The original Bell Woodworking building instructions regarding the shroud & forestay attachment fittings (on page 25) are;
A shroud anchor plate is fitted in upright position centrally to each shroud block and one other plate is fixed inside the bow to the fore transom vertical to the centre line with the lower edge about 1" from the fore decking (Plate 61).
These fittings - Holt-Allen HA 3s were cast aluminium. If you were lucky, the castings were OK and they didn't break. Using aluminium and brass together in a boat is really bad practice (as they will react together and corrode).
It wasn't long before racing sailors were looking for ways of adjusting the mast rake. Bottle screws for the shrouds were offered as an option, but never really took off. Most opted for U section channel adjusters.
On the forestay, the HA 3 did not work well, the forestay and the jib tack need to be attached to the hull in slightly different places to get optimal sail setting. A 'U' section channel adjuster worked well here and they remain the best fitting for the forestay.
More recently racing sailors have been using stainless steel anchor plates, such as the Allen A4003, fitted as close to the side deck as possible with a vernier adjuster attaching the shrouds. Fitting these low down minimizes any tendancy for the topsides to flex as rig tension is applied or as the boat sails in a chop.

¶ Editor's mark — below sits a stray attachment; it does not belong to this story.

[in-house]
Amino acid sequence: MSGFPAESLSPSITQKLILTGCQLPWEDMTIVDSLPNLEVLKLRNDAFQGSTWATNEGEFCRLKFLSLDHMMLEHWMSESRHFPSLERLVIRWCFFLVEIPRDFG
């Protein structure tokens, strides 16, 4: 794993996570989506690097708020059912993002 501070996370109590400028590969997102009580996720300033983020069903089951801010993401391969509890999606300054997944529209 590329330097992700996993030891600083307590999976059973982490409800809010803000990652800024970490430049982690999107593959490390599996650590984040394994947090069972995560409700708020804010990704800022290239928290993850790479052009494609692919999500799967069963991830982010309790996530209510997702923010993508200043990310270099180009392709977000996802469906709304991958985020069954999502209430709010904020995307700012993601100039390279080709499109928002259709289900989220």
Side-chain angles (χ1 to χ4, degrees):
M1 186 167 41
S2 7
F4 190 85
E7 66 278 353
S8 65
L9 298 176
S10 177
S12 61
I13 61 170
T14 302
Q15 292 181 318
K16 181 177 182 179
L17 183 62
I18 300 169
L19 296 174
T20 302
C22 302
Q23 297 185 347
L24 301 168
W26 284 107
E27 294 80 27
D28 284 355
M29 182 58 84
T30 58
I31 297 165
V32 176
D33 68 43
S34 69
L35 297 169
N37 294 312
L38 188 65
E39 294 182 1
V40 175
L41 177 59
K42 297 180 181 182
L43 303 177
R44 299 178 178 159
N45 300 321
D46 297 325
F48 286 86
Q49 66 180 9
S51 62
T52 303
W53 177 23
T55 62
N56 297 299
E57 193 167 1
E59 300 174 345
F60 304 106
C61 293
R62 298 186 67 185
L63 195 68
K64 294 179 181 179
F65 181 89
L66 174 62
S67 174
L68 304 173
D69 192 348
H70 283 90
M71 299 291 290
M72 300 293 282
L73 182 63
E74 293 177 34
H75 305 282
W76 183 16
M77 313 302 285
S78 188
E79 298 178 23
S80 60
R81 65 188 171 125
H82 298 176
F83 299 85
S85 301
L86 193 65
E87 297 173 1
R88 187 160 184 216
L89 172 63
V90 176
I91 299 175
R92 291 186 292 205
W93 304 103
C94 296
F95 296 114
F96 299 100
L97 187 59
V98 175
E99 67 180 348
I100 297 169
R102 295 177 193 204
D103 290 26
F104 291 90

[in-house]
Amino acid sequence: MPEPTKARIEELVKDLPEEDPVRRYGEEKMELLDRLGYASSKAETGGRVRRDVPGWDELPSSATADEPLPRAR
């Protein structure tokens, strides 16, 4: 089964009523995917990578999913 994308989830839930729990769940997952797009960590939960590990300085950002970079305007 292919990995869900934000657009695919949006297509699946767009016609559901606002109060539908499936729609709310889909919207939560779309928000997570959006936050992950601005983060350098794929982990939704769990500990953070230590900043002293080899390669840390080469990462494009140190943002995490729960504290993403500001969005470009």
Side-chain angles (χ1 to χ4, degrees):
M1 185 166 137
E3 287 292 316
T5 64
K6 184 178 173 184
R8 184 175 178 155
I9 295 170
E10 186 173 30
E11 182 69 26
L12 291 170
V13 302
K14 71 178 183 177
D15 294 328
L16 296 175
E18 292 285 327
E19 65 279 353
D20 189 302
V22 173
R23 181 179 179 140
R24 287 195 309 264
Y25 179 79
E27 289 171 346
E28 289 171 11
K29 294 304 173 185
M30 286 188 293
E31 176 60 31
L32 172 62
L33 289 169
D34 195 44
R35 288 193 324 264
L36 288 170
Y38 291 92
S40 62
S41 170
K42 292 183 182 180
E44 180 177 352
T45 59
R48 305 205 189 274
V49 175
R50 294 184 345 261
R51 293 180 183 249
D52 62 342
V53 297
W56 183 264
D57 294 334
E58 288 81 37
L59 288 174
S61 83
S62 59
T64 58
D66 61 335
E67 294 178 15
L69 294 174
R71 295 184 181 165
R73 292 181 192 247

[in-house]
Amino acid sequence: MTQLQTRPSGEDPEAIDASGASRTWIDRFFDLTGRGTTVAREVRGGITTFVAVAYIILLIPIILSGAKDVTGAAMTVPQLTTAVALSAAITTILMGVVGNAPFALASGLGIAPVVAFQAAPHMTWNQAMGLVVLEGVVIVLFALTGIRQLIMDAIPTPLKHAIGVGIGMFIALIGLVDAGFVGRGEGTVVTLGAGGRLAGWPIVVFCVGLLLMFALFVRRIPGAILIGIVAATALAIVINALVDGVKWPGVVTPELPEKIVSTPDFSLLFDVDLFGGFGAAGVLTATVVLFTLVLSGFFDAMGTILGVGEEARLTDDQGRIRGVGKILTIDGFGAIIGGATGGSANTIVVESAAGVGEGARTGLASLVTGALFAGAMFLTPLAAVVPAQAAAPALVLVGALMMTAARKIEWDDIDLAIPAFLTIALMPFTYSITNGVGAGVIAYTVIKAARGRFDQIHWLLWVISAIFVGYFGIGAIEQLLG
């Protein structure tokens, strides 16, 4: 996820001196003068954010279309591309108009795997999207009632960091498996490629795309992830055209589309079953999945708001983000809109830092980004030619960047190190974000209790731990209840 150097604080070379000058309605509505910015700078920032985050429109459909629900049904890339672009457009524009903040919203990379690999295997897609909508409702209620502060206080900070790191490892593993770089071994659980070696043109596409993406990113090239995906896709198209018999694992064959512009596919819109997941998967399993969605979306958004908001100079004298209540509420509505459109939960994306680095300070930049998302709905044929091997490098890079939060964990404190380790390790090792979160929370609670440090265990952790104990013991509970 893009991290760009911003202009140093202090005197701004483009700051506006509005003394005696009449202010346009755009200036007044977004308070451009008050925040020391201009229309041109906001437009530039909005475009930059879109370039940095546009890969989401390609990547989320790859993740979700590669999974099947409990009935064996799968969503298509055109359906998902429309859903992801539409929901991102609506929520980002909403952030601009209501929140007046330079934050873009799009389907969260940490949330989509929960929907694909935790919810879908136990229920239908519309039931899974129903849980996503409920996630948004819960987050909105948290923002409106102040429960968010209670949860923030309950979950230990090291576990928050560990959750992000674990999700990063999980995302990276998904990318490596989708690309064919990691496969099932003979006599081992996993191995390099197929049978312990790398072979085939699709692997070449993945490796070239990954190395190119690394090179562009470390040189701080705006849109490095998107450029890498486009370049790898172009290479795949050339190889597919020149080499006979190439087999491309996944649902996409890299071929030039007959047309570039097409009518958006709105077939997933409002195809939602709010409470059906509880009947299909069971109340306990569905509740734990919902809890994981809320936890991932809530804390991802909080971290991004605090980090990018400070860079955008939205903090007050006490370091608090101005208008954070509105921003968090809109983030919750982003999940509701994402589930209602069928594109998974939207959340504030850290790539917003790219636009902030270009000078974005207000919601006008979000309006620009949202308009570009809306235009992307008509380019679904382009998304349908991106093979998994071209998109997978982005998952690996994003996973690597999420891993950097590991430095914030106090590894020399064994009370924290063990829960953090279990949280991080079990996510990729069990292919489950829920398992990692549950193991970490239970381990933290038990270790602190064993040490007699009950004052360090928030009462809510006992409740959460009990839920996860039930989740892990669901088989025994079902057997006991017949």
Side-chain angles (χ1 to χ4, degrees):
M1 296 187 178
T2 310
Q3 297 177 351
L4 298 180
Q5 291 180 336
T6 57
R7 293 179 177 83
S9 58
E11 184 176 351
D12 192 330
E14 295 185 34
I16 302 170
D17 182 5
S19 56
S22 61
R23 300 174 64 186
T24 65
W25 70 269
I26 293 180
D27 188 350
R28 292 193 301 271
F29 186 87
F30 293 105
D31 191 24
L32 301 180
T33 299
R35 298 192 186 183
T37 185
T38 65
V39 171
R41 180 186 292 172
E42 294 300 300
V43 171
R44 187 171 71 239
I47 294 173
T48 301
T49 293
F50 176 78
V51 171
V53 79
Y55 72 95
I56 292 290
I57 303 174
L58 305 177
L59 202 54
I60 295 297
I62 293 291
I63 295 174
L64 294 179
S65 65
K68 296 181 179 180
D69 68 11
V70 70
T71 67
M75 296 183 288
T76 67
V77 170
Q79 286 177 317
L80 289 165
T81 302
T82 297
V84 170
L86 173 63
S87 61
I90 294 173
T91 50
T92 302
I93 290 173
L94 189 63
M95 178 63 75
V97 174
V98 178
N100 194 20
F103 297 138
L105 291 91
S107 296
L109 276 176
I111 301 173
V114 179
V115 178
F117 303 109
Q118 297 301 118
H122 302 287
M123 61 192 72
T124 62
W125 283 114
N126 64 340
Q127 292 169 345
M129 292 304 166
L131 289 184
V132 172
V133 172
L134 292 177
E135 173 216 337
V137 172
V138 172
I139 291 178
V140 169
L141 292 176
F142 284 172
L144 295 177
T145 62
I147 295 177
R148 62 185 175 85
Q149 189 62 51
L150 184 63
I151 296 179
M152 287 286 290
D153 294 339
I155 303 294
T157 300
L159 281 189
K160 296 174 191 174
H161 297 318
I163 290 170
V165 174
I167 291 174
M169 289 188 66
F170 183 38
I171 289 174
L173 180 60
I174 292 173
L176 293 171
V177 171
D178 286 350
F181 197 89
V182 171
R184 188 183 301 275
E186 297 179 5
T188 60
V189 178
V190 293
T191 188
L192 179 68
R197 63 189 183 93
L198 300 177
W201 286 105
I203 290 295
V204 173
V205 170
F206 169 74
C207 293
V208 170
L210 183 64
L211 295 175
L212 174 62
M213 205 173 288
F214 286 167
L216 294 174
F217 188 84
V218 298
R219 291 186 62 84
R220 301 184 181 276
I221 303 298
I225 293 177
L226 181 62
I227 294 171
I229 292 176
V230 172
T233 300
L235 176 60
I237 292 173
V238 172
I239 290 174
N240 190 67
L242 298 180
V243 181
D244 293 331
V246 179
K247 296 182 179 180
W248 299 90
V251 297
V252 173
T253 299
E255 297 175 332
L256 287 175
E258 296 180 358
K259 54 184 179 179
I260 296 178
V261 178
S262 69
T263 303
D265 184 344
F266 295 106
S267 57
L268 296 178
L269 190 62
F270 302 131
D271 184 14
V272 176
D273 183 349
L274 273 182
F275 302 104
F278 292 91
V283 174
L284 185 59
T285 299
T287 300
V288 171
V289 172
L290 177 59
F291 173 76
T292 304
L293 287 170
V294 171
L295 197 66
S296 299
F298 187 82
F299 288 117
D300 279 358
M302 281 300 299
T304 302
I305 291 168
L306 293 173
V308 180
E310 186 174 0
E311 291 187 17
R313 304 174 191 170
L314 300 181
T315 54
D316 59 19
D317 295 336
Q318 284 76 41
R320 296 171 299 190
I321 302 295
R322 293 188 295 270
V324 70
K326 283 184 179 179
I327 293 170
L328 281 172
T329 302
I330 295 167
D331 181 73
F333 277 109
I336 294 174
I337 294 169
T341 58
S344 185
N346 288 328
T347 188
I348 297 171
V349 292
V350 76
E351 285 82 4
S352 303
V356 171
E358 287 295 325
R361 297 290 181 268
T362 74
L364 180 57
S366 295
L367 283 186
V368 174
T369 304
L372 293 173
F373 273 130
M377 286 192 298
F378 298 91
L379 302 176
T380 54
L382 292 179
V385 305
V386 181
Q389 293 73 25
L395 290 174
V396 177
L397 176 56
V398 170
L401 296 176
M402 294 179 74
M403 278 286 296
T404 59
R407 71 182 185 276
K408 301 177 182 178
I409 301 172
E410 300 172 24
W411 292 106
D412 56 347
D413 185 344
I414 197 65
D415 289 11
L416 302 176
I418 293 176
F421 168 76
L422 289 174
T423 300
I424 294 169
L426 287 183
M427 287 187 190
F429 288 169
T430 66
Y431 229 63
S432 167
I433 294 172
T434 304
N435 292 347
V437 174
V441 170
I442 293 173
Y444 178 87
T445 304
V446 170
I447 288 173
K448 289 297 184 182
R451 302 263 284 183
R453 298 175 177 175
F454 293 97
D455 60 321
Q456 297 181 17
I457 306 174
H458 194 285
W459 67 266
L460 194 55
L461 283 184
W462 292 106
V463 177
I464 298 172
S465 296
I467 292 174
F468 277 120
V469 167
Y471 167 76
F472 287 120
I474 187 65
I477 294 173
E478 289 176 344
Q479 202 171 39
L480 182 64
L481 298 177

The vernier adjuster allows finer changes to mast rake than is possible with a channel adjuster.
I would recommend M5 machine screws or bolts for the shroud and forestay attachment fittings (following Celia's Law) with penny washers or plates on the outside of the hull. Shroud blocks on wooden boats are 18mm deep + 5mm ply = 23mm, so 30mm should be long enough to go through + for the penny washers and nuts. With a channel adjuster, ideally you need to cut the machine screws exactly to length so they don't protrude beyond the nuts. This should ensure that you can use all the hole positions (maybe start with the heads inside the channels and cut off the excess from the outside of the hull).
With the shrouds and forestay securely bolted on in this way, you can apply plenty of rig tension without fear (although something else might break - like the mast).